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Even experienced drivers are not immune to the hazards of working on top of a truck or trailer.
Take, for instance, two recent episodes in Washington state, both involving experienced truck drivers:
- A driver was closing the side-roll tarp on an open-top trailer when it became stuck. He climbed a fixed ladder on the front of his trailer to try to shake the tarp free. Unfortunately, his hand slipped off the tarp and he fell more than eight feet to the ground, fracturing his back, ribs, and tail bone.
- A driver and his helper were tarping a tall load on a flatbed trailer using a work platform attached to a forklift. The driver moved off of the work platform and onto the top of the load to fix the tarp while the other worker operated the forklift. As he walked across the load, he tripped and fell more than 12 feet to the ground, suffering multiple fractures in both arms and a dislocated elbow.
No regs to rely on
Federal regulations are of little help when it comes to determining how to protect drivers who need to work on top of a commercial vehicle.
- The FMCSA doesn’t have regulations addressing fall protection, other than tractor handhold and foothold rules in 49 CFR Part 399.
- OSHA’s fall-protection rules generally don’t apply to drivers working on top of “rolling stock” like a trailer unless it’s positioned inside of or next to a building or other structure where you could install fall protection (e.g., a safe working platform, fall arrest system, etc.).
- OSHA’s “general duty clause” does come into play, but it’s vague. You’re expected to prevent employees from working on top of vehicles in situations that may lead to injury or death, such as when ice or rain makes the trailer catwalk slippery. In addition, you need to ensure that employees have been trained to minimize risks and perform their work safely.
What are some best practices?
With no regulations to rely on, it’s important to follow industry best practices to prevent falls. Here are some common ones that should be reinforced with your drivers:
- Use personal protective equipment. Always wear non-slip gloves, safety glasses, and work boots with non-slip soles when loading or unloading, and a helmet when cargo is overhead.
- Always use three points of contact when climbing or descending. This means having two hands and one foot, or two feet and one hand, in contact with the vehicle at all times. Another way to think of it: when one limb is moving, the other three need to be secure.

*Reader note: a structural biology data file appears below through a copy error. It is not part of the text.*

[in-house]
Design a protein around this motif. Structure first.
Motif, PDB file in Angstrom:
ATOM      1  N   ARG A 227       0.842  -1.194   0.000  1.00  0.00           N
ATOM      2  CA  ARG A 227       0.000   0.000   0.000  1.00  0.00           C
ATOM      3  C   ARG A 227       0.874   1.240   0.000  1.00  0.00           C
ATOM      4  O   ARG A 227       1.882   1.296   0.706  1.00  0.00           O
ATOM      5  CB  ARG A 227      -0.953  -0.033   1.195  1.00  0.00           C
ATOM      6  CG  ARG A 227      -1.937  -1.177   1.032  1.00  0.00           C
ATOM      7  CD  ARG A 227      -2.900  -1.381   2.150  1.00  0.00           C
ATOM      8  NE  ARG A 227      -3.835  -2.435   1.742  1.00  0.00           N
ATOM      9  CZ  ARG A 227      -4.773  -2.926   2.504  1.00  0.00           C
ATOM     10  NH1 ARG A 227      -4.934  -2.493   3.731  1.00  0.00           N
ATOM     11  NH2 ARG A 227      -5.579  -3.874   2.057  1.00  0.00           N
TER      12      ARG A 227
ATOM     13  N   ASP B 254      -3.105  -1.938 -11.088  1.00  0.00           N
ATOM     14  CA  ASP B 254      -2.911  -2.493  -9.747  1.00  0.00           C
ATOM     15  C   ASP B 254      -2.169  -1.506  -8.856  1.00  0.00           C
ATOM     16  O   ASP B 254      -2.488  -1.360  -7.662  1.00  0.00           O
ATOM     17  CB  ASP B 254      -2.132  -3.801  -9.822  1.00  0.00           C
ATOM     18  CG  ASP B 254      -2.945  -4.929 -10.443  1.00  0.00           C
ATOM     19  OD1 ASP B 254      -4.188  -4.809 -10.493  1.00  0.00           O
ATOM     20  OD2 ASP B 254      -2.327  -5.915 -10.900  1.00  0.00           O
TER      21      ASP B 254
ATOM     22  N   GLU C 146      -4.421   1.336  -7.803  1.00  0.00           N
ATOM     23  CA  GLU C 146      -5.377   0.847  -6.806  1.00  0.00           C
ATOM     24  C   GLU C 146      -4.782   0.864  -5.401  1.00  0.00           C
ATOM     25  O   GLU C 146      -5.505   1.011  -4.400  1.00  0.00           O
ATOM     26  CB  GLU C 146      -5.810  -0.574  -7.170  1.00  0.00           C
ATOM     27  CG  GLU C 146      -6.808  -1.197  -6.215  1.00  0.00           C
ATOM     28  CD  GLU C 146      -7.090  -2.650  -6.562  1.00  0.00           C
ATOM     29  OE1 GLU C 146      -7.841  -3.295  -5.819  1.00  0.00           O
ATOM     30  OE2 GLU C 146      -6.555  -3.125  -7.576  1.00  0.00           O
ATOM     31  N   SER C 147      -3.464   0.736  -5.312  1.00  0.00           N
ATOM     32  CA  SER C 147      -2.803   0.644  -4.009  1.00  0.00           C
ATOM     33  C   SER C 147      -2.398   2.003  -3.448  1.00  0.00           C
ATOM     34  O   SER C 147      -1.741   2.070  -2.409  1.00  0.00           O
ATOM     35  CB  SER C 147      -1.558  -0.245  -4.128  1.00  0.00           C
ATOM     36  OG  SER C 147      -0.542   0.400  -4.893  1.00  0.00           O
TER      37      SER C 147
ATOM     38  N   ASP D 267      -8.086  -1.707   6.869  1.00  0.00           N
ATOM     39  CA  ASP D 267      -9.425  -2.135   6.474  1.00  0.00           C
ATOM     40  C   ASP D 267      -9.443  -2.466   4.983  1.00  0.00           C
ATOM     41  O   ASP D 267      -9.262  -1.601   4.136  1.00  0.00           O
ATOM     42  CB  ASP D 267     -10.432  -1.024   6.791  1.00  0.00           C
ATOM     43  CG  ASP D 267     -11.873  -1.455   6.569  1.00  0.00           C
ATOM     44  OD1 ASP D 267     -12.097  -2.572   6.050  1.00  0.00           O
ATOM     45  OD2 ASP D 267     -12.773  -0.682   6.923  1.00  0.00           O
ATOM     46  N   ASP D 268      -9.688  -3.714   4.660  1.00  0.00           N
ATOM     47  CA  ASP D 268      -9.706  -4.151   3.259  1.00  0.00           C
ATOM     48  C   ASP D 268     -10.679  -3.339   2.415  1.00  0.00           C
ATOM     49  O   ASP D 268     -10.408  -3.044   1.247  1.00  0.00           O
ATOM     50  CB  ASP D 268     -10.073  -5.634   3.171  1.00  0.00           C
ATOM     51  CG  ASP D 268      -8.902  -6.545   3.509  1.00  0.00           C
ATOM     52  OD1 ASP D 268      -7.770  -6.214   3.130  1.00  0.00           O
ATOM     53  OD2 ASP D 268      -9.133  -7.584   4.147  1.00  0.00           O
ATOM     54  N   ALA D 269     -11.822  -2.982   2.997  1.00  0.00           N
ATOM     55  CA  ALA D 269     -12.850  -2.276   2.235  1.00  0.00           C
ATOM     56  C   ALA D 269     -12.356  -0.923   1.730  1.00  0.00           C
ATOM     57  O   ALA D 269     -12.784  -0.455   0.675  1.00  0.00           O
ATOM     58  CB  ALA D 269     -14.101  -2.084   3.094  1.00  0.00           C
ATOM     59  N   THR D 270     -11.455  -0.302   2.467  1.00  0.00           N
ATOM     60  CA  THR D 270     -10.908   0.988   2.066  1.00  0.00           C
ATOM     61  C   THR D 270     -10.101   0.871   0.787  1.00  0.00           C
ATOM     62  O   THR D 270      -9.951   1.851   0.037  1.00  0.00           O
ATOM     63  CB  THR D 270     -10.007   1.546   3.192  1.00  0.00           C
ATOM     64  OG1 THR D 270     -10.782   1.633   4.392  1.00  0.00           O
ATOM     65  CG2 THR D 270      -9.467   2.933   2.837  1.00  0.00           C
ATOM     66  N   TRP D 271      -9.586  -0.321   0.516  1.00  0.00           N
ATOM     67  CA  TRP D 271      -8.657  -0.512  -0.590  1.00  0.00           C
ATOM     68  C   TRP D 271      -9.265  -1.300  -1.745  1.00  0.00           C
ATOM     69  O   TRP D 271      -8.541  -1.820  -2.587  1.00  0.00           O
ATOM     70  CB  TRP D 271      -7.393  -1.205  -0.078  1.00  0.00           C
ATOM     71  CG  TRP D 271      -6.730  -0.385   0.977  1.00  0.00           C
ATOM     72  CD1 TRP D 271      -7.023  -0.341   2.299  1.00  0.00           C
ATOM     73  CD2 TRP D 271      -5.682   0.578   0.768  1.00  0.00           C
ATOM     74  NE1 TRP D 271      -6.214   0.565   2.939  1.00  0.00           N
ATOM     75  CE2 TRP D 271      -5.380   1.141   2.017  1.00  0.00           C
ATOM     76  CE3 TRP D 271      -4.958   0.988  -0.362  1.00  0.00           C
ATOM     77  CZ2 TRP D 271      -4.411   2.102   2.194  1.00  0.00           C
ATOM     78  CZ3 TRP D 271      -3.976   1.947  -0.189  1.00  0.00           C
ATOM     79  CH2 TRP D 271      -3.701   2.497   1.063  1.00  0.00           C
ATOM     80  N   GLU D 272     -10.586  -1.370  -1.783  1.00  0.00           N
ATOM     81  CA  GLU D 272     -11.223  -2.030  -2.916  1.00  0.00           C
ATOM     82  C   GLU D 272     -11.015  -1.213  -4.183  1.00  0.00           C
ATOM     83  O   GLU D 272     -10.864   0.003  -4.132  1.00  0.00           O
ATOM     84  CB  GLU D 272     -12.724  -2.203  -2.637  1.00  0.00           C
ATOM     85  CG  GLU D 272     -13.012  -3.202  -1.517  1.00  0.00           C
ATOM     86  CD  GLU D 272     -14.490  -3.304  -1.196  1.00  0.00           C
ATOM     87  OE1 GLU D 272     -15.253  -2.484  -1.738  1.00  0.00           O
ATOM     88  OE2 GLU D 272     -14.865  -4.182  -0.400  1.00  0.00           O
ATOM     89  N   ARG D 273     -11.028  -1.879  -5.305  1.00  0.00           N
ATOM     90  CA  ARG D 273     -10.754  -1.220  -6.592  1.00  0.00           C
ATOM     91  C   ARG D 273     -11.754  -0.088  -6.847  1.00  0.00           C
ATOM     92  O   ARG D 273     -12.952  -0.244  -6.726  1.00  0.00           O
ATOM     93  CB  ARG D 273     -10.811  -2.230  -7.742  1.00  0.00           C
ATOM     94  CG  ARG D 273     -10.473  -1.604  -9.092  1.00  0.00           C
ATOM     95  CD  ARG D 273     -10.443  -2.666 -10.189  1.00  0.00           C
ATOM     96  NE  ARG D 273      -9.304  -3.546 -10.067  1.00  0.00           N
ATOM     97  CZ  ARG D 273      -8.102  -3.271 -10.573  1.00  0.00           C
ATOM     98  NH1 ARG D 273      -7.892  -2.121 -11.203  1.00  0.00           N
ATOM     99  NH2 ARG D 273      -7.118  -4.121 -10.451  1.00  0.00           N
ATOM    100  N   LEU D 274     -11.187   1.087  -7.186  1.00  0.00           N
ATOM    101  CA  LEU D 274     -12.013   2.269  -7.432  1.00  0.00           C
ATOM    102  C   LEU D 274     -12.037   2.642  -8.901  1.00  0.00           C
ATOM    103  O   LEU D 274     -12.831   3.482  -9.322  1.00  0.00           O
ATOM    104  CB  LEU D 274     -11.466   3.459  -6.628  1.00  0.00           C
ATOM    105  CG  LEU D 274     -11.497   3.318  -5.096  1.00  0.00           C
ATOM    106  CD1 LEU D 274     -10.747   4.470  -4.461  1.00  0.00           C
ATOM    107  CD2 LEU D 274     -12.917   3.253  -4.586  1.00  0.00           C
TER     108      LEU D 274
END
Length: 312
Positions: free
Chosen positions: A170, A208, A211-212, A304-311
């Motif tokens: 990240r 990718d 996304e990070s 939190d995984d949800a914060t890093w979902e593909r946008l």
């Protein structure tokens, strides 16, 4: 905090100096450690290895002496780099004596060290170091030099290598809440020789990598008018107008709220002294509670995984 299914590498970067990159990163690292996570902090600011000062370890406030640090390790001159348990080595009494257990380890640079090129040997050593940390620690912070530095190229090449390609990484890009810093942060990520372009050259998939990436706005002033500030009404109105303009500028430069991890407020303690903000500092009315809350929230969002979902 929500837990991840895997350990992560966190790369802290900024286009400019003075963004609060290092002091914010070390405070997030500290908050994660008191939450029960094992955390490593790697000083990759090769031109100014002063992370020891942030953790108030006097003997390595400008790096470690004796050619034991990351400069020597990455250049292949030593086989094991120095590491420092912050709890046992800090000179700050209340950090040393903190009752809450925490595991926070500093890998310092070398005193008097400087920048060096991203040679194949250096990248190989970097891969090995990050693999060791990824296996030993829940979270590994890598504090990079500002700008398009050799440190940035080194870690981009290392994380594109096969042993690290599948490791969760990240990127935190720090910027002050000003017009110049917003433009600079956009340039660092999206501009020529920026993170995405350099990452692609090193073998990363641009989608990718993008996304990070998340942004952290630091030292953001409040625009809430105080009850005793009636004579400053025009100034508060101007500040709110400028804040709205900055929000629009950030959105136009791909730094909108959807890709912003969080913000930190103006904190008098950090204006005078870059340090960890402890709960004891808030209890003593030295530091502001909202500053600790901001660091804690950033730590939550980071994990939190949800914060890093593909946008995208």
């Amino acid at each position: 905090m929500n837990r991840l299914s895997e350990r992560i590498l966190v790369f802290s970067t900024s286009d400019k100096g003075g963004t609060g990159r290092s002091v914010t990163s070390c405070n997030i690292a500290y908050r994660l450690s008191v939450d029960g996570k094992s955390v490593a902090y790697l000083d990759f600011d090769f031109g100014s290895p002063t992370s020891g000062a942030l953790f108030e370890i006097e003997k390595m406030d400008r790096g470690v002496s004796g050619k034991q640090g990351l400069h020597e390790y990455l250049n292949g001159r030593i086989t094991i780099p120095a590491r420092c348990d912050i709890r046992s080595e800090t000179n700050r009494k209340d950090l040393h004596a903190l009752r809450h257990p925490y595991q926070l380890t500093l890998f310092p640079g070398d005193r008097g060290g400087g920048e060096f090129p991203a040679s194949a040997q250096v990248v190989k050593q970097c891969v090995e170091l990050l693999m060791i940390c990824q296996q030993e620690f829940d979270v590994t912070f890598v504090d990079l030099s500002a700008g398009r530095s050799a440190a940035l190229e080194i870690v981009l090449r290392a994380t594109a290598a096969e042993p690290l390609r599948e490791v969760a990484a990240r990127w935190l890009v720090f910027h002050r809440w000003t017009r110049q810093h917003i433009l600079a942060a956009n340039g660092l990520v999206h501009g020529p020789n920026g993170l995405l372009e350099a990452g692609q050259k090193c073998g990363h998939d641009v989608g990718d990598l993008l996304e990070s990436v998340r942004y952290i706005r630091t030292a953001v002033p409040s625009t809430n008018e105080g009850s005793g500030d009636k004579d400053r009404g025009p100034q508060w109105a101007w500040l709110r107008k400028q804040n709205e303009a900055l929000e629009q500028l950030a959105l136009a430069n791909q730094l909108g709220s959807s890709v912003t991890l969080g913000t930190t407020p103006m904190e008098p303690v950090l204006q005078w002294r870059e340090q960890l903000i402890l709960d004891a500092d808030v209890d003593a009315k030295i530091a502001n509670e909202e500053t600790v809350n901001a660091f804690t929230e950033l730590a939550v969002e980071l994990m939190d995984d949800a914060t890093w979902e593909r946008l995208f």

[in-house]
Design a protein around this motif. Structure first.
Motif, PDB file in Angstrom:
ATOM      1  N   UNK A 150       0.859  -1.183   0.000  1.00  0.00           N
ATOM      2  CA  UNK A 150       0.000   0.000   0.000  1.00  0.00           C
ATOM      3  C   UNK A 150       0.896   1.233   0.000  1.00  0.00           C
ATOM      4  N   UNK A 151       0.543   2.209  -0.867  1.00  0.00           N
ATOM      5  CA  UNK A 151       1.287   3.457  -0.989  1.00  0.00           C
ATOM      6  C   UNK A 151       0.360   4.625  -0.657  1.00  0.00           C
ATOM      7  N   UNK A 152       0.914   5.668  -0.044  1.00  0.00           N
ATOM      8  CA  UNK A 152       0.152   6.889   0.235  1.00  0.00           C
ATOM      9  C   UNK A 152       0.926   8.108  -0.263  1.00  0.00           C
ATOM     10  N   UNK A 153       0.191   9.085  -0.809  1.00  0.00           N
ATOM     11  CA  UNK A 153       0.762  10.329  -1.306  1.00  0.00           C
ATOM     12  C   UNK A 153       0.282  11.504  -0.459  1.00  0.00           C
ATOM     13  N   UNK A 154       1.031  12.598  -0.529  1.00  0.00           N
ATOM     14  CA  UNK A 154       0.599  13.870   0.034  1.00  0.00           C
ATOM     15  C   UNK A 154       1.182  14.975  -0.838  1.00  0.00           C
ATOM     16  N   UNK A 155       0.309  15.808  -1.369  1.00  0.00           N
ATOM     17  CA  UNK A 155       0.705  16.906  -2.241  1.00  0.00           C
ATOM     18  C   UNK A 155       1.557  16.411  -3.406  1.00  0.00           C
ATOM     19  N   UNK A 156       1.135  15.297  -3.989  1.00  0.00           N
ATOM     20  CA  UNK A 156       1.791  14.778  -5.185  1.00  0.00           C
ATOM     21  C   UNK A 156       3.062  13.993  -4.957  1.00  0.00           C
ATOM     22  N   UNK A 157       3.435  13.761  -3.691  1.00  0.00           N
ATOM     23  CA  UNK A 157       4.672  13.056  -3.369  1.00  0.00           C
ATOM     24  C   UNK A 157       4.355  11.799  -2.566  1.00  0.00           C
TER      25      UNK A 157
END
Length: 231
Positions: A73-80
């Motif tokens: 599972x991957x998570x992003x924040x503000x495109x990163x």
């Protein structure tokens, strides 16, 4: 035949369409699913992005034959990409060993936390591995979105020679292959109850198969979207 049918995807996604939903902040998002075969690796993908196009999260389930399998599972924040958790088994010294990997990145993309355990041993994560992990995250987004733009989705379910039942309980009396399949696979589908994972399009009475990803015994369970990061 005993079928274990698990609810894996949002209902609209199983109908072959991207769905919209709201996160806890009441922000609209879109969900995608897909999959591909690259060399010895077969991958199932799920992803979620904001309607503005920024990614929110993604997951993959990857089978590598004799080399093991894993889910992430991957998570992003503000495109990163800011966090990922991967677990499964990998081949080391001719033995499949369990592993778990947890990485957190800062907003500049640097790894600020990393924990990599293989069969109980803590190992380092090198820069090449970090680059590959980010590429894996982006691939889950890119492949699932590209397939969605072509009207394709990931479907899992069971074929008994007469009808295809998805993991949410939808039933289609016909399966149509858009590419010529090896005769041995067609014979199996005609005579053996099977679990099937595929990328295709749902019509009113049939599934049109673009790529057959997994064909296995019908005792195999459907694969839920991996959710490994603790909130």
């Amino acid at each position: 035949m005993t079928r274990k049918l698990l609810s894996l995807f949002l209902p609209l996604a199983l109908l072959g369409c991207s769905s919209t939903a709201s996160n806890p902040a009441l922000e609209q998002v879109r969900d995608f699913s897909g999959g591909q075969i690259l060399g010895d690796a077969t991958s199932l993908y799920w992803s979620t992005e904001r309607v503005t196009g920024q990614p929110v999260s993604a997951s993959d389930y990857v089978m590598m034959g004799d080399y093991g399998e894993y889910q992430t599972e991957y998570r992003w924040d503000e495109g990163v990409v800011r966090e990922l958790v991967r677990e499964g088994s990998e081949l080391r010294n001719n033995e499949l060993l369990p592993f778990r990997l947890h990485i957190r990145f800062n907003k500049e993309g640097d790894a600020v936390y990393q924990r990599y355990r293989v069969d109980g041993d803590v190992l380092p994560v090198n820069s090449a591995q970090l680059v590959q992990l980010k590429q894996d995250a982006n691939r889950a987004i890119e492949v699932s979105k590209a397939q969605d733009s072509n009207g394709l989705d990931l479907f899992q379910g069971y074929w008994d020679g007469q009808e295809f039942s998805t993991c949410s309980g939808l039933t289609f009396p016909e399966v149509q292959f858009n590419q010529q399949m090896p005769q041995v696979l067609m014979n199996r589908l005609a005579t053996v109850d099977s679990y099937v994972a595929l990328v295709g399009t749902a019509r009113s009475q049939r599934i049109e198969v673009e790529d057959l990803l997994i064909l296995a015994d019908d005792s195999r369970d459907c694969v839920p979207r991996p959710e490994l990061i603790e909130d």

- Always (always!) look before you step or grab when working on top of a trailer or load. In short, be continually aware of your surroundings and make sure you don’t step on or grab a spot that won’t support you.
- Get help to put tarps into place. Have a forklift lift the tarps onto the load if possible.
- Use a tarping station or machine, when available. If you use an elevated work platform, make sure the operator knows how to use it safely and don’t exit the platform to gain access to the top of the load.
- Don’t walk, crawl on tarps after they’re in place, when necessary. Test for voids under the tarp before committing your weight.
- Take your time. Don’t rush while tarping. Work at a steady pace, think about what you’re doing, and think about your next step.
- Make sure your tarp ties (bungee cords) are long enough for the job and use caution when securing them. Elastic cords are a leading cause of eye injuries, so keep your face (and other body parts) out of the “recoil area.”
- To avoid tripping, watch where you’re walking and practice good housekeeping — never leave tools, straps, cargo, or other items in a place where you might trip on them.
- When using ladders, never stand on or lean over the top rail of the ladder, maintain three points of contact, keep centered on the ladder (avoid overreaching), and avoid carrying objects while climbing the ladder.
As a company, consider creating a job hazard analysis for your specific tarping and securement operations. This involves a team of employees breaking down each job into its component steps and then evaluating each step, looking for hazards and determining how to mitigate them.
Key to remember: Motor carriers and drivers must use best practices to prevent injuries when tarping loads or otherwise working on top of trucks or trailers.
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